The pronoun you use in Nepali to address a fellow Nepali can be an indicator of the level of closeness to the person. Curiously enough but not really surprisingly I have discovered that I don't really have a single Nepali woman who I can say I am really close to, no one I am very informal in pronoun and/or the language I use.
The fifth one in the series about Nepal needing a revolution…a revolution of the mind.
Here’s more of one of many MANY reasons why.
As a child, growing up in Nepal, my ethnicity was a source of shame. Now, as a middle-aged man, I am embarrassed and ashamed by the way us, Nepali men, view and treat our women.
Sex, we are born with. Gender, however, is a social construct. Except, in Nepali society, that simple fact is NOT very well understood, mainly because of our very patriarchal and misogynistic society, and abysmally poor quality of education. But here's an opportunity for you to challenge and question your Nepali-culture inculcated ideas of what constitutes the female gender.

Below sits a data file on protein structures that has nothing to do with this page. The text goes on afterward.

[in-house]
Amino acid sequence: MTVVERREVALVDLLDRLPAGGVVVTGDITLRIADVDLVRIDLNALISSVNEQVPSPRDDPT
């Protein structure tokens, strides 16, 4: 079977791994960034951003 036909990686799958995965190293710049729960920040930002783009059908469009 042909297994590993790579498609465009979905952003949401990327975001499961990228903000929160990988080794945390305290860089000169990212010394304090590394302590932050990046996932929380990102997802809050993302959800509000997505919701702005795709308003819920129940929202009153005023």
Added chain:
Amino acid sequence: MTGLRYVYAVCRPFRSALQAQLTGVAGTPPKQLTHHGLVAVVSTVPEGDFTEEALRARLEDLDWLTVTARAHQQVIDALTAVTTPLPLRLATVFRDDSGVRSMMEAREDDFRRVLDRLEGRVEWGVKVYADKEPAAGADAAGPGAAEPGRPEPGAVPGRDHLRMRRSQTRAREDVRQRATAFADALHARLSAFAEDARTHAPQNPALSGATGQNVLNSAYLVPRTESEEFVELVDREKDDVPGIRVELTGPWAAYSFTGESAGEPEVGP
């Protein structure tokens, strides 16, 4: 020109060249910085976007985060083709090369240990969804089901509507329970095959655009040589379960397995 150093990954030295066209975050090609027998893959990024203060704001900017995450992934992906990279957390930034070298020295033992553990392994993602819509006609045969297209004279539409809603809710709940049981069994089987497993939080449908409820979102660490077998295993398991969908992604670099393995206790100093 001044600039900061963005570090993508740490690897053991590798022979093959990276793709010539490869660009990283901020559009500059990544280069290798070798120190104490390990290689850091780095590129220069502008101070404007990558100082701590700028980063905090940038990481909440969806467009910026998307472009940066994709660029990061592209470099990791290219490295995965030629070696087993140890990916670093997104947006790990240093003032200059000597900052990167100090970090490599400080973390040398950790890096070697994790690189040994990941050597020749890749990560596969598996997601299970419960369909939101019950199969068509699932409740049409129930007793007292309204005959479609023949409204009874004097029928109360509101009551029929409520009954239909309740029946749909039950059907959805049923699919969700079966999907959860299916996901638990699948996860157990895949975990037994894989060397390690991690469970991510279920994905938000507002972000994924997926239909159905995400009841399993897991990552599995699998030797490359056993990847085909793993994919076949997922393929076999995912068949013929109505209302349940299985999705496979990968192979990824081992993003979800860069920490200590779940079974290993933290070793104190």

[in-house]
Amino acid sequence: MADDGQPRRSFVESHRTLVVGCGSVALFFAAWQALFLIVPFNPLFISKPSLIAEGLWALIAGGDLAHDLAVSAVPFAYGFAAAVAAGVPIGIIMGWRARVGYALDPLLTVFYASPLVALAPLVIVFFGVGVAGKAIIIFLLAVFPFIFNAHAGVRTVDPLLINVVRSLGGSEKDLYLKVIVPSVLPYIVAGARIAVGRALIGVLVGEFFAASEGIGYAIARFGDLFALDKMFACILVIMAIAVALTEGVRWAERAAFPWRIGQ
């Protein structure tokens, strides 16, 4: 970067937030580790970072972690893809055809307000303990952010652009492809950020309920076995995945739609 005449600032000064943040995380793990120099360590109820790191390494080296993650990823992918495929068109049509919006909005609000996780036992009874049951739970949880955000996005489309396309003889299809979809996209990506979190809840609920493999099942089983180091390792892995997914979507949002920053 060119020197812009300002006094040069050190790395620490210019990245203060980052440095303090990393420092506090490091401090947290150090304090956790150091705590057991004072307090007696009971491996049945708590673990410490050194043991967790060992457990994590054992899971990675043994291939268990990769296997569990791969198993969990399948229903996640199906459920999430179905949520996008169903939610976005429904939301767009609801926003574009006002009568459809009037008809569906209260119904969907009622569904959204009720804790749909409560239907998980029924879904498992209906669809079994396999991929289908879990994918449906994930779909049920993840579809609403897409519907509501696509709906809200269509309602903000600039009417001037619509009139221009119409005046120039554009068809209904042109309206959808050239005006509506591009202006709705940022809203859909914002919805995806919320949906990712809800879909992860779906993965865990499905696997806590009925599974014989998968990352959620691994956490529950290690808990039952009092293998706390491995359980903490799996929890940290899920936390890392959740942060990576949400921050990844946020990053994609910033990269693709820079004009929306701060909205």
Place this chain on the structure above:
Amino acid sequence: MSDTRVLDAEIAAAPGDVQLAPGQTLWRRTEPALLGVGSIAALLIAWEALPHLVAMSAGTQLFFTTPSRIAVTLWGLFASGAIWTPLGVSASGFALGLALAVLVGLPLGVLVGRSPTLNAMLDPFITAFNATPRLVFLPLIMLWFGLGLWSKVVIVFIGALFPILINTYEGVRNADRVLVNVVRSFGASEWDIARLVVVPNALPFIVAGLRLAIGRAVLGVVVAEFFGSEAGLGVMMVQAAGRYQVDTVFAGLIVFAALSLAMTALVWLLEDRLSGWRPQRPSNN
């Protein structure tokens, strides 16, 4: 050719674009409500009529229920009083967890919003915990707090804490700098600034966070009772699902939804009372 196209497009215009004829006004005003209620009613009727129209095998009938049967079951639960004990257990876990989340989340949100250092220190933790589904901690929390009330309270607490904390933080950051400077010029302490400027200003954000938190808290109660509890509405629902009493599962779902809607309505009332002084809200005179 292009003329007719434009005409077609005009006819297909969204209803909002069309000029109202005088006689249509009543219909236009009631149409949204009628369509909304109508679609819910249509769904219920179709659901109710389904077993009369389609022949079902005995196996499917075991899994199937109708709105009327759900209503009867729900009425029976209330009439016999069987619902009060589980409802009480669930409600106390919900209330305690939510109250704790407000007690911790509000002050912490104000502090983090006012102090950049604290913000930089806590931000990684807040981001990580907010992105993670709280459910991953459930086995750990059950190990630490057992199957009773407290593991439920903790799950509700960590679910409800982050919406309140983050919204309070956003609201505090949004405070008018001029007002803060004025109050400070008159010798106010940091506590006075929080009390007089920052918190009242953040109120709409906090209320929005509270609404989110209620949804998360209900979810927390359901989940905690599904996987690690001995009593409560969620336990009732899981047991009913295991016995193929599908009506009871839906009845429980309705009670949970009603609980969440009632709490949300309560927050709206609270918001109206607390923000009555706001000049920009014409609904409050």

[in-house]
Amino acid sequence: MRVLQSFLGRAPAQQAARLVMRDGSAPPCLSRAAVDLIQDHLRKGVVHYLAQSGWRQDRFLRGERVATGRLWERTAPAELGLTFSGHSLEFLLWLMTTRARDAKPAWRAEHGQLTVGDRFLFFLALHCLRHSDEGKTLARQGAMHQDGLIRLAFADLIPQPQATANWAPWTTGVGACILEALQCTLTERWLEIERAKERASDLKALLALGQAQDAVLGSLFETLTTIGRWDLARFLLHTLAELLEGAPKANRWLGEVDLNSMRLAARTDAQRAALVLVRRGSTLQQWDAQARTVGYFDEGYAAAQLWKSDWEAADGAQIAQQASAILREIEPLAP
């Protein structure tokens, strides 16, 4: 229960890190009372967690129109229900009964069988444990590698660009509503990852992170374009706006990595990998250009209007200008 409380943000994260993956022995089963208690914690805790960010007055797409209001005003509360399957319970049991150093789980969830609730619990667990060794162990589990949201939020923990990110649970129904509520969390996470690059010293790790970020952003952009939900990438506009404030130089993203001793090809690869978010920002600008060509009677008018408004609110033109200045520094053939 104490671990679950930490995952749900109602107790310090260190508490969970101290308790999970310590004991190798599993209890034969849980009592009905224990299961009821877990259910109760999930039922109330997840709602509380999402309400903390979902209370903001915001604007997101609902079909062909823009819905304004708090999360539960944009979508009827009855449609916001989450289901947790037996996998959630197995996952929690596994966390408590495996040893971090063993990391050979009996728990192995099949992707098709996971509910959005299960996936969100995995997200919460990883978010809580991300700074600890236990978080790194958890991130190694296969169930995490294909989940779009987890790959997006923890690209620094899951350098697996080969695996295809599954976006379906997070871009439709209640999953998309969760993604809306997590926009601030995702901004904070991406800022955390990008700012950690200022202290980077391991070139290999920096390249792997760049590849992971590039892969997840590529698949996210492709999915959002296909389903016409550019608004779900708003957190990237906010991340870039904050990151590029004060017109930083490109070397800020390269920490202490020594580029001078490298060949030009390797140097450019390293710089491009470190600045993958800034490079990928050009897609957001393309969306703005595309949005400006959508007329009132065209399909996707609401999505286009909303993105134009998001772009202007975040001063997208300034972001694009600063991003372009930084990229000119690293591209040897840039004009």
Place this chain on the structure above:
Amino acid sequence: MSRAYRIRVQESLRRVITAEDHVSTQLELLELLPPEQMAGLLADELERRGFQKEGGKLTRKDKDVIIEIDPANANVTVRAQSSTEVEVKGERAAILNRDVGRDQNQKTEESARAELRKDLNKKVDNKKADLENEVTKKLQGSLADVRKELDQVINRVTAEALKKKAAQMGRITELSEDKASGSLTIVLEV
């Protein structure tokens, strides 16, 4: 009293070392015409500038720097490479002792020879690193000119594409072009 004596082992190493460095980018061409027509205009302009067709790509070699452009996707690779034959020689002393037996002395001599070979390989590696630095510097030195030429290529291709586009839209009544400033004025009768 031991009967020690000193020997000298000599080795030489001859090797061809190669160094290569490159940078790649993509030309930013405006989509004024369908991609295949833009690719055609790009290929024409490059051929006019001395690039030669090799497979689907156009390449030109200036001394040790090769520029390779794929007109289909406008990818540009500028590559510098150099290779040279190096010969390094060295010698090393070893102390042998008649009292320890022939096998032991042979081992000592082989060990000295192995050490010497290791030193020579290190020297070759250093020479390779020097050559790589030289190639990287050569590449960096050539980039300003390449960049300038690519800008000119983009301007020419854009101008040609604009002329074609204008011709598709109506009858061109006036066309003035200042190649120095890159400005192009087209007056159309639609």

In the highly patriarchal Nepali society with very low level -- as well as low quality -- of education of the population, maintaining the status quo benefits the hill high caste Hindu men, the social, economic and political elite.
Over 60% of Nepali women believe that a mother-in-law is justified in verbally abusing and threatening her daughter-in-law for any one of six reasons!